Hundreds of people in Georgia were ordered to report for jury duty on Monday in what could be a lengthy, painstaking effort to find a jury at trial for three white men while they walk through their neighborhood. Ahmed Arbery was charged with fatal shooting.

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Graphic video of the shooting that killed a 25-year-old black man sparked outrage across the country. Father and son Greg and Travis McMichael and their neighbor William “Roddy” Bryan have been charged with murder and other crimes in the death of Arbery outside the port city of Brunswick on February 23, 2020.

Jury selection can last two weeks or more. Arbery’s father said he is praying for an impartial panel and a fair trial, adding that even black crime victims have often been denied justice.


“It’s 2021, and it’s time for a change,” Marcus Arbery Sr. said in an interview. “We need to be treated equally and receive fair justice as human beings, because we have been treated unfairly for so long.”

Before the selection process begins, Superior Court Judge Timothy Walmsley plans to hold a morning hearing to address legal issues that must be resolved before the trial begins.

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Court officials in Glynn County mailed jury-duty notices to 1,000 people, anticipating a potentially slow process to find jurors in a community where homicides dominated news coverage and social media feeds.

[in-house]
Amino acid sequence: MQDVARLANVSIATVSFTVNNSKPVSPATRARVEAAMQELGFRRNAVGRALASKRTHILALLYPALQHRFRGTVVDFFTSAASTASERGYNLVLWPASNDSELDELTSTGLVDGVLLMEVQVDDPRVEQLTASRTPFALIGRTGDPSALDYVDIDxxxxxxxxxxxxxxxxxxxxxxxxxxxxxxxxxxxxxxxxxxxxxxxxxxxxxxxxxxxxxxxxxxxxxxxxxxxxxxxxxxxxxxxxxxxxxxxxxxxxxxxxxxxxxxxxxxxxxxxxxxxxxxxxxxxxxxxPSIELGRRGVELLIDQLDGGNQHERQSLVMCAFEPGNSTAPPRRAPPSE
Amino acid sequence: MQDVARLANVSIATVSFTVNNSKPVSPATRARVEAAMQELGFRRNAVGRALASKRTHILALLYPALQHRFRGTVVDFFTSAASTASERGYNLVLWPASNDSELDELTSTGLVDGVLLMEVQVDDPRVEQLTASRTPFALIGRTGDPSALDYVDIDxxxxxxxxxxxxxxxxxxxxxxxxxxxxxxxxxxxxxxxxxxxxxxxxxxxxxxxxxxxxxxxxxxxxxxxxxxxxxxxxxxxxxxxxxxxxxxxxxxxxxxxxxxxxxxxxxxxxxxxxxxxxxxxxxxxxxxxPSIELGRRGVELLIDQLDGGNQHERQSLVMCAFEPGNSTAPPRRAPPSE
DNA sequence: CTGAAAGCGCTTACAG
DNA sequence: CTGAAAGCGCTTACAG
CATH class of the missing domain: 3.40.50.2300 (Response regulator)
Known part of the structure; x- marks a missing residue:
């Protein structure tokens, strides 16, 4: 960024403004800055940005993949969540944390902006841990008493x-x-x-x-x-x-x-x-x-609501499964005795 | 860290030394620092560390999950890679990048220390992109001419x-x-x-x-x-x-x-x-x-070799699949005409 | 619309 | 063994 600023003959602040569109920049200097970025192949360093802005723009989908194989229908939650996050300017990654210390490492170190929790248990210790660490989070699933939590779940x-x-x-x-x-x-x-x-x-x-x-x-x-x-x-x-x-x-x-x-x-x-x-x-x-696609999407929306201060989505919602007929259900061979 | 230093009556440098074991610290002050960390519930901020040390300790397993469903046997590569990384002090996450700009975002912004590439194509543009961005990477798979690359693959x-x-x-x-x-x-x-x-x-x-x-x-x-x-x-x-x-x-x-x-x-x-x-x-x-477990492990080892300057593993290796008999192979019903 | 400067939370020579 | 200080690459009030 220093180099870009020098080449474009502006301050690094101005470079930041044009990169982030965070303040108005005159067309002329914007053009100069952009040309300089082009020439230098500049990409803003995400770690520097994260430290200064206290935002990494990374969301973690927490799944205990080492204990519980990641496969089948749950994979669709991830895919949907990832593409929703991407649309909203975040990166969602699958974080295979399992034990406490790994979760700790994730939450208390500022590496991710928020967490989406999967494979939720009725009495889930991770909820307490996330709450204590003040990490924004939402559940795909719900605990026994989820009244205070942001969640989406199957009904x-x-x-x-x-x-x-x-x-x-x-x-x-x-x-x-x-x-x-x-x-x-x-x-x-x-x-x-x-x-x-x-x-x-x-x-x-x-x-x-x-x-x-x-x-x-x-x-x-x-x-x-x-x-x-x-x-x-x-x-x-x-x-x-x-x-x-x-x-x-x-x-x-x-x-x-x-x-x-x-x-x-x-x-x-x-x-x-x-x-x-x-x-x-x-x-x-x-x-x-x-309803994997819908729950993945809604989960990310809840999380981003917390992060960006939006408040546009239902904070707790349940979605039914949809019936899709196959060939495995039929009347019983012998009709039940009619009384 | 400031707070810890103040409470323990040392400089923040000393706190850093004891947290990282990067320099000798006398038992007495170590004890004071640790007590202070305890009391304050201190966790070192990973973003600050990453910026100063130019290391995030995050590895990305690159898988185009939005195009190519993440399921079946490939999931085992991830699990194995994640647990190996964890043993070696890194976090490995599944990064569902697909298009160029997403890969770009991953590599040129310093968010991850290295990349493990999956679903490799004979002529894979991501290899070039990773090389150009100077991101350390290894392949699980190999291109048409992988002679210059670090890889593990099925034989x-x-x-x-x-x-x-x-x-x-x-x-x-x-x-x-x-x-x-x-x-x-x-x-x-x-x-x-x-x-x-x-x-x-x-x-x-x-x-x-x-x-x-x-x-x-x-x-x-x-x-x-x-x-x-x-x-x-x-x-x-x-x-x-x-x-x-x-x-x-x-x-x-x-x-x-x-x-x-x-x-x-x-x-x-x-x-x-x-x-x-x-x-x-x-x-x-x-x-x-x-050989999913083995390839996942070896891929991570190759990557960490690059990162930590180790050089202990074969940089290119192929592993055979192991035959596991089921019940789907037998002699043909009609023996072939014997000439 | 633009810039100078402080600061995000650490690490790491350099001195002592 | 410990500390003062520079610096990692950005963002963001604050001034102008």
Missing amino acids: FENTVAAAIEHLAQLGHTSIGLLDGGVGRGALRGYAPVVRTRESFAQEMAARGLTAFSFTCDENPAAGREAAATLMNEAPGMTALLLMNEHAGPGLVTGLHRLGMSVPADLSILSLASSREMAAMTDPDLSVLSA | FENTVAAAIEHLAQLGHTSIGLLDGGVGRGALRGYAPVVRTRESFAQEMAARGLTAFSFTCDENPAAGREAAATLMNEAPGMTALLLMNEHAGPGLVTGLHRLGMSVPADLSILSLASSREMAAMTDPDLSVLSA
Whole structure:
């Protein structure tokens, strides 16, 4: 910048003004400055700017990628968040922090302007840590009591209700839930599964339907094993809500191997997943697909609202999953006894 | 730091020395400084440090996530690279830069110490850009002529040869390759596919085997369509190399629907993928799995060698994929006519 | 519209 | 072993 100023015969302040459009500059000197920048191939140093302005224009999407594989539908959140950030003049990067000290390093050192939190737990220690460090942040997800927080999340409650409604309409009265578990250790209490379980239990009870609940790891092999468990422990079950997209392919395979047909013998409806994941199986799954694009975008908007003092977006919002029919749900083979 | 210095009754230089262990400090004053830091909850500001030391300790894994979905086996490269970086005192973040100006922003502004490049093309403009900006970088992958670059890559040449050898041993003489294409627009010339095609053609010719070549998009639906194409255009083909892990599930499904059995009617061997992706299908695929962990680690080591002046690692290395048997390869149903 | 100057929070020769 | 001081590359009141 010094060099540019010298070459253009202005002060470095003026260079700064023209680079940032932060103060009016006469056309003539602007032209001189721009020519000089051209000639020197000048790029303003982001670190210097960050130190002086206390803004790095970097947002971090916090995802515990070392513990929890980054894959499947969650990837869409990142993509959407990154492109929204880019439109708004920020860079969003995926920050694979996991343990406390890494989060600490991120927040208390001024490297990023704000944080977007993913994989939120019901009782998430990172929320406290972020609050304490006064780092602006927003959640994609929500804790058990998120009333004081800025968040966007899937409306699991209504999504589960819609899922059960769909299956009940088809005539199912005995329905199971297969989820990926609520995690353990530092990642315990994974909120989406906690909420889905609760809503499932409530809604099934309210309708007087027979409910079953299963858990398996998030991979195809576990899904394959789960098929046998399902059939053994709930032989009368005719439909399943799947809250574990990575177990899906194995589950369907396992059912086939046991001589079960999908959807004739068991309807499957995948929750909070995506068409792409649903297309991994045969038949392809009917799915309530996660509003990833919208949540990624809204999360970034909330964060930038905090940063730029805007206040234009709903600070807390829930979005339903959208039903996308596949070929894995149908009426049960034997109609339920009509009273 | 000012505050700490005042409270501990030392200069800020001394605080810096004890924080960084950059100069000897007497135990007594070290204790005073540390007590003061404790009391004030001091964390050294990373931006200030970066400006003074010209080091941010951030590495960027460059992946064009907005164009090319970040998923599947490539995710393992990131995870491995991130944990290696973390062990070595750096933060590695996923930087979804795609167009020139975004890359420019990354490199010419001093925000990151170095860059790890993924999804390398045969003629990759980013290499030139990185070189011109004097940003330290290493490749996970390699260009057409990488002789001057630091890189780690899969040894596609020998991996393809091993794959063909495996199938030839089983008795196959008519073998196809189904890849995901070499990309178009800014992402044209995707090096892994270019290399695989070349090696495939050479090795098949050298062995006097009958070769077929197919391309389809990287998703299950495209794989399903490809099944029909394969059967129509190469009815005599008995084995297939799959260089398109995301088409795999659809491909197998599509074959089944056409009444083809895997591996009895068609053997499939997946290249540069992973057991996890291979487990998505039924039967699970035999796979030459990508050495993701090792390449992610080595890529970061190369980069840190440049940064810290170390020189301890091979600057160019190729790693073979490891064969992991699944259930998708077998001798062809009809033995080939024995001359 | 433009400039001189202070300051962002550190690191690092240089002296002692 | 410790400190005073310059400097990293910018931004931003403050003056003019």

The matter will also be closely watched outside Georgia. Arbery’s killing sparked outrage in the summer of 2020, during a period of national protest over racial injustice. It took more than two months for the McMichaels and Bryan to be charged and jailed, when video of the shooting leaked online and state investigators took over the case from local police.

Prosecutors say Arbery was only jogging when McMichaels armed himself with guns and chased him in a pickup truck. Bryan joins the chase in his truck and takes the now-infamous cellphone video of Travis McMichael shooting Arbery three times at close range with a shotgun.

Defense lawyers insisted that the three men had committed no crime. Greg McMichael told police he followed Arbery, suspecting he was a burglar, after security cameras had previously filmed him entering a home under construction. He said that Travis McMichael fired his gun in self-defense when Arbery attacked, punched and tried to grab the weapon.

Investigators testified that they found no evidence of crimes by Arbery in the Satilla Shores subdivision. He was unarmed.

As a precaution against the coronavirus, 600 jury pool members were ordered to report to a gymnasium on Monday to provide space for social distancing. Glynn County Superior Court Clerk Ronald Adams said they would be called to the courthouse in groups of 20.

Along with their jury summons, pool members were sent a three-page questionnaire asking what they already knew about the case and which news outlets or social media platforms were their main sources of information.

The form also asks whether potential jurors have posted any online comments about Arbery’s murder and whether they have visited the shooting scene or conducted other research into the case themselves.

Lawyers for both sides will question the jury pool in the coming days, in groups and individually, to determine whether they have formed an opinion about the case that renders them unable to serve.

Ultimately, the judge requires a jury of 12, plus four alternative seats, to be on standby to fill any jurors who become ill or are dismissed before the trial ends.

Adams said that once the jury sits, the trial could take more than two weeks.